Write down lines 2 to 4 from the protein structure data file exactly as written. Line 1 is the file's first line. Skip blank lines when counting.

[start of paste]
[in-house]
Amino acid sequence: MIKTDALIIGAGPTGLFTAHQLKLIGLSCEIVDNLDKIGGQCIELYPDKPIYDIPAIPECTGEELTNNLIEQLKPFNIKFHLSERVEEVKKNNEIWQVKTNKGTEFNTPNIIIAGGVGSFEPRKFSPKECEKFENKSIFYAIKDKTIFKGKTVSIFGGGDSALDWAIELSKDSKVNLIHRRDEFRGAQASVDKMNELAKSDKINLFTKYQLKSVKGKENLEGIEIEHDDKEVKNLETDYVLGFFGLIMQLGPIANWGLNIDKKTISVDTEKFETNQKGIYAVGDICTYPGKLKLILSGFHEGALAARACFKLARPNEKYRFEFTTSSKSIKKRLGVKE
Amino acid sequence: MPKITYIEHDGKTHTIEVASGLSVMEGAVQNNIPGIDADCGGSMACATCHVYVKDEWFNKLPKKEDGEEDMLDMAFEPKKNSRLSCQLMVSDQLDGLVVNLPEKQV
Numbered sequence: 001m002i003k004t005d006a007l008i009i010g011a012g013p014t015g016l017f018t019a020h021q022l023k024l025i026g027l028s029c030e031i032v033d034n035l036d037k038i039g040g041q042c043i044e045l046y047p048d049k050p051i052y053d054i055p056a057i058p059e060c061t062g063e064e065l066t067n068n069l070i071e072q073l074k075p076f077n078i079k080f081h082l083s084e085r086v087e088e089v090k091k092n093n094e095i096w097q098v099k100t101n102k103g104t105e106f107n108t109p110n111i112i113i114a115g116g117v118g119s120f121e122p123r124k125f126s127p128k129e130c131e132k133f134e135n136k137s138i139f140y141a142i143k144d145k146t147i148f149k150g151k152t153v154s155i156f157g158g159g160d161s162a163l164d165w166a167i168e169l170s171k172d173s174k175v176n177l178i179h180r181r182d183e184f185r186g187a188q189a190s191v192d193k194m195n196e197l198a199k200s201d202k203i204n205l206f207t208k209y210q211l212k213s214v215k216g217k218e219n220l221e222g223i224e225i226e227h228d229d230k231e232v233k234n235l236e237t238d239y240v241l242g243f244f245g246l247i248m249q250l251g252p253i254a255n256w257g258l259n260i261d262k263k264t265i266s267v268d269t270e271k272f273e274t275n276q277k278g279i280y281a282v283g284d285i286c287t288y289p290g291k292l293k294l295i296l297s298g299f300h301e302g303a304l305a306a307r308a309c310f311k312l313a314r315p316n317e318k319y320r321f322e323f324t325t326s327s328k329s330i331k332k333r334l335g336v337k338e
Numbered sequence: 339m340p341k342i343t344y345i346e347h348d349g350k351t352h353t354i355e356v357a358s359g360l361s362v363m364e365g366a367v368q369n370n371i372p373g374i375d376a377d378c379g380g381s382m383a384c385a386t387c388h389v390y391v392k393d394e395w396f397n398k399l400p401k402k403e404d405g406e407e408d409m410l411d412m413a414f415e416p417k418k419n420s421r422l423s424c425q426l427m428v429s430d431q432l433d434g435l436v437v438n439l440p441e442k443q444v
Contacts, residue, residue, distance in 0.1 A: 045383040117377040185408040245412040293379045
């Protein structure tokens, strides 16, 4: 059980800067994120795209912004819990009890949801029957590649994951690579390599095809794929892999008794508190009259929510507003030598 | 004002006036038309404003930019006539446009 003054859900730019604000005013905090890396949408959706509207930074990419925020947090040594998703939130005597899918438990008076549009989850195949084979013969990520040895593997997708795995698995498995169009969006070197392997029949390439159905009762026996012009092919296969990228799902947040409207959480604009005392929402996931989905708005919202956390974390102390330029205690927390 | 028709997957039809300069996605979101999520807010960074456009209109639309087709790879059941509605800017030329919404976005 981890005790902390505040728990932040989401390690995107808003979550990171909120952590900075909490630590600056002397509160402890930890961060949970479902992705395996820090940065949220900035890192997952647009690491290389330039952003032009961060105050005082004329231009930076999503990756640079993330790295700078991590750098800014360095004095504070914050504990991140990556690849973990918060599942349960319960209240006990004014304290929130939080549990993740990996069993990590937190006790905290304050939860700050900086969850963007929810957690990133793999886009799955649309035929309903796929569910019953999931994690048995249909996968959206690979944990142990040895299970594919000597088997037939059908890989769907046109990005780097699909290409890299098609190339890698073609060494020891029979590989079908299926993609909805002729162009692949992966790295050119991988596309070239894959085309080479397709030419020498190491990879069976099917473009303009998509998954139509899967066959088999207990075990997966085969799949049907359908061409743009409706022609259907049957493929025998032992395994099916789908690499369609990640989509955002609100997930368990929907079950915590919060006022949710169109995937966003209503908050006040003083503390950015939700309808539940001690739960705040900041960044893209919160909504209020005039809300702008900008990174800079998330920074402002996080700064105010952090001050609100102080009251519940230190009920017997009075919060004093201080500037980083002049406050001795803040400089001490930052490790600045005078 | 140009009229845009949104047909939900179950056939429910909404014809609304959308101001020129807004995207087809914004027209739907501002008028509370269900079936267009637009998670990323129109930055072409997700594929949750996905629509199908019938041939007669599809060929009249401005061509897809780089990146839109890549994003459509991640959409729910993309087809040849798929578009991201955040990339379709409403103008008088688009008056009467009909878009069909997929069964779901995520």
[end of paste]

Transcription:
Amino acid sequence: MIKTDALIIGAGPTGLFTAHQLKLIGLSCEIVDNLDKIGGQCIELYPDKPIYDIPAIPECTGEELTNNLIEQLKPFNIKFHLSERVEEVKKNNEIWQVKTNKGTEFNTPNIIIAGGVGSFEPRKFSPKECEKFENKSIFYAIKDKTIFKGKTVSIFGGGDSALDWAIELSKDSKVNLIHRRDEFRGAQASVDKMNELAKSDKINLFTKYQLKSVKGKENLEGIEIEHDDKEVKNLETDYVLGFFGLIMQLGPIANWGLNIDKKTISVDTEKFETNQKGIYAVGDICTYPGKLKLILSGFHEGALAARACFKLARPNEKYRFEFTTSSKSIKKRLGVKE
Amino acid sequence: MPKITYIEHDGKTHTIEVASGLSVMEGAVQNNIPGIDADCGGSMACATCHVYVKDEWFNKLPKKEDGEEDMLDMAFEPKKNSRLSCQLMVSDQLDGLVVNLPEKQV
Numbered sequence: 001m002i003k004t005d006a007l008i009i010g011a012g013p014t015g016l017f018t019a020h021q022l023k024l025i026g027l028s029c030e031i032v033d034n035l036d037k038i039g040g041q042c043i044e045l046y047p048d049k050p051i052y053d054i055p056a057i058p059e060c061t062g063e064e065l066t067n068n069l070i071e072q073l074k075p076f077n078i079k080f081h082l083s084e085r086v087e088e089v090k091k092n093n094e095i096w097q098v099k100t101n102k103g104t105e106f107n108t109p110n111i112i113i114a115g116g117v118g119s120f121e122p123r124k125f126s127p128k129e130c131e132k133f134e135n136k137s138i139f140y141a142i143k144d145k146t147i148f149k150g151k152t153v154s155i156f157g158g159g160d161s162a163l164d165w166a167i168e169l170s171k172d173s174k175v176n177l178i179h180r181r182d183e184f185r186g187a188q189a190s191v192d193k194m195n196e197l198a199k200s201d202k203i204n205l206f207t208k209y210q211l212k213s214v215k216g217k218e219n220l221e222g223i224e225i226e227h228d229d230k231e232v233k234n235l236e237t238d239y240v241l242g243f244f245g246l247i248m249q250l251g252p253i254a255n256w257g258l259n260i261d262k263k264t265i266s267v268d269t270e271k272f273e274t275n276q277k278g279i280y281a282v283g284d285i286c287t288y289p290g291k292l293k294l295i296l297s298g299f300h301e302g303a304l305a306a307r308a309c310f311k312l313a314r315p316n317e318k319y320r321f322e323f324t325t326s327s328k329s330i331k332k333r334l335g336v337k338e